... the Court examines not only the wording of the enactment conferring jurisdiction on the administrative tribunal, but the purpose of the statute creating the tribunal, the reason for its existence, the area of expertise of its members and the nature of the problem before the tribunal. At this initial stage a pragmatic or functional analysis is just as suited to a case in which an error is alleged in the interpretation of a provision limiting the administrative tribunal's jurisdiction: in a case where a patently unreasonable error is alleged on a question within the jurisdiction of the tribunal, as in a case where simple error is alleged regarding a provision limiting that jurisdiction, the first step involves determining the tribunal's jurisdiction. U.E.S., Local 298 v. Bibeault, [1988] 2 S.C.R. 1048 at 1088/9.

The court must analyze, within the context of the Act, whether the interpretation of the particular provision is something intended to be within the overall discretion of the Commission in its administration of the Act, or whether its interpretation and application is in effect a limitation placed on the Inquiry Officer by the legislature. Iacobucci J. described the issue this way in Canadian Broadcasting Corporation v. The Canada Labour Relations Board , [1995] 1 S.C.R. 157 at p. 179:

The goal is to determine whether the legislature intended that the question in issue be ultimately decided by the tribunal, or rather by the courts.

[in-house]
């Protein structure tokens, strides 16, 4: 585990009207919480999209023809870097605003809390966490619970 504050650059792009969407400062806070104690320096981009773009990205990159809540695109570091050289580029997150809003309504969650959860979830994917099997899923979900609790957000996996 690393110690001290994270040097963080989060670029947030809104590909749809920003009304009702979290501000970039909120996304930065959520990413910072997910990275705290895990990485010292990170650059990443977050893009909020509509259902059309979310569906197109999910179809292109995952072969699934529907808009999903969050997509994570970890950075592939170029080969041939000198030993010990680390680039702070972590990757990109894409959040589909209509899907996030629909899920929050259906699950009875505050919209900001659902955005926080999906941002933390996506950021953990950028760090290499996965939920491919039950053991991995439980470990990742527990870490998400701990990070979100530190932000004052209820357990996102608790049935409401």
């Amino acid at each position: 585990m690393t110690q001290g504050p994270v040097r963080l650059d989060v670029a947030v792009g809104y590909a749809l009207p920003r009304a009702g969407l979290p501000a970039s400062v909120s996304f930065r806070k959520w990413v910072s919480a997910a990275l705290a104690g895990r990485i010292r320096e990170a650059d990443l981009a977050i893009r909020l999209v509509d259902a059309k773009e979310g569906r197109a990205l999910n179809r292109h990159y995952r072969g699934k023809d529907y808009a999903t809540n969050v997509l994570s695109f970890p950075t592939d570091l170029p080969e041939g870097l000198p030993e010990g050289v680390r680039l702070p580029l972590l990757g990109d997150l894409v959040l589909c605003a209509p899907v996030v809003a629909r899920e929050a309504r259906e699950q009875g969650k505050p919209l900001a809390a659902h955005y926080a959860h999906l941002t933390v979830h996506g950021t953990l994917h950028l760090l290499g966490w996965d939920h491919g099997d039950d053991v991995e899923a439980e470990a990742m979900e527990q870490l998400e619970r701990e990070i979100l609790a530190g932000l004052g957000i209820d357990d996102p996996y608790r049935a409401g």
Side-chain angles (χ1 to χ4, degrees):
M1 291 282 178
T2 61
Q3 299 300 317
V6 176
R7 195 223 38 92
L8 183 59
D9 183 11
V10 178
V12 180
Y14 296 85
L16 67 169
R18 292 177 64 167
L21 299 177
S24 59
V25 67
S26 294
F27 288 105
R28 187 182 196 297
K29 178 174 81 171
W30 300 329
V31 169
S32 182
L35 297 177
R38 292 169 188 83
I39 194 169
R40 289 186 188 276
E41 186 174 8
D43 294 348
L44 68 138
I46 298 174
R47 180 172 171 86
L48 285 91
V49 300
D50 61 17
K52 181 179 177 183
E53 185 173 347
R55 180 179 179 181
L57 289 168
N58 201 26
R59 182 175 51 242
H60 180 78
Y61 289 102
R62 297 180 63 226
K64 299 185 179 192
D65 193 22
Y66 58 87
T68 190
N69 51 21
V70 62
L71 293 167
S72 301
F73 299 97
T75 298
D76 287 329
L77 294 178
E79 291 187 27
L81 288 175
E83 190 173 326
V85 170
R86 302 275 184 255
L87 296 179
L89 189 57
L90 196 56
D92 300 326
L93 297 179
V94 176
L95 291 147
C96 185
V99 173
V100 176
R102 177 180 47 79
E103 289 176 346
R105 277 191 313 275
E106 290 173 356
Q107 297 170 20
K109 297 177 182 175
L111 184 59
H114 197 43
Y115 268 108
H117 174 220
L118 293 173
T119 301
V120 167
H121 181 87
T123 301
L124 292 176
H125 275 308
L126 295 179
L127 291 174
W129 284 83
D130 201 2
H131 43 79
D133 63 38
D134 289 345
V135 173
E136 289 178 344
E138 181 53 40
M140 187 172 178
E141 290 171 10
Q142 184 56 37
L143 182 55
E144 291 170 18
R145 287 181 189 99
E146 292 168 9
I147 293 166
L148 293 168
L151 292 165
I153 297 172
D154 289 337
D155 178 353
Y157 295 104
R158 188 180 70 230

The Act is administered by the Privacy Commission, with decisions made by the Commissioner and his Inquiry Officers on appeals from the various government agencies asked to disclose information contained within their agencies. The Commission is given very broad powers under the Act to determine, for example, if disclosure of information would be an unjustified invasion of privacy (s. 21(2),(3),(4)), or if certain presumptions apply, and to weigh and balance competing interests regarding disclosure versus non-disclosure (s. 49(b)), as was done in another part of this decision. The Commission's expertise, to which deference is to be accorded, is in the area of appropriate disclosure of government-held information within the parameters set out in the Act. The purpose and function of the Act is to provide a framework for the disclosure and withholding of such information, and the Commission is in charge of the proper and fair administration of that function.

In John Doe v. Ontario (Information and Privacy Commissioner) (1993), 13 O.R. (3d) 767, a majority of the Divisional Court panel concluded:

We therefore conclude the commissioner's decisions, already protected by the lack of any right of appeal, ought to be accorded a strong measure of curial deference even where the legislature has not insulated the tribunal by means of a privative clause. (p. 783).

However, in that case, the majority went on to hold that the Commissioner was in error when he entered into a balancing process under s. 21(2) in order to rebut the presumption created by s. 21(3):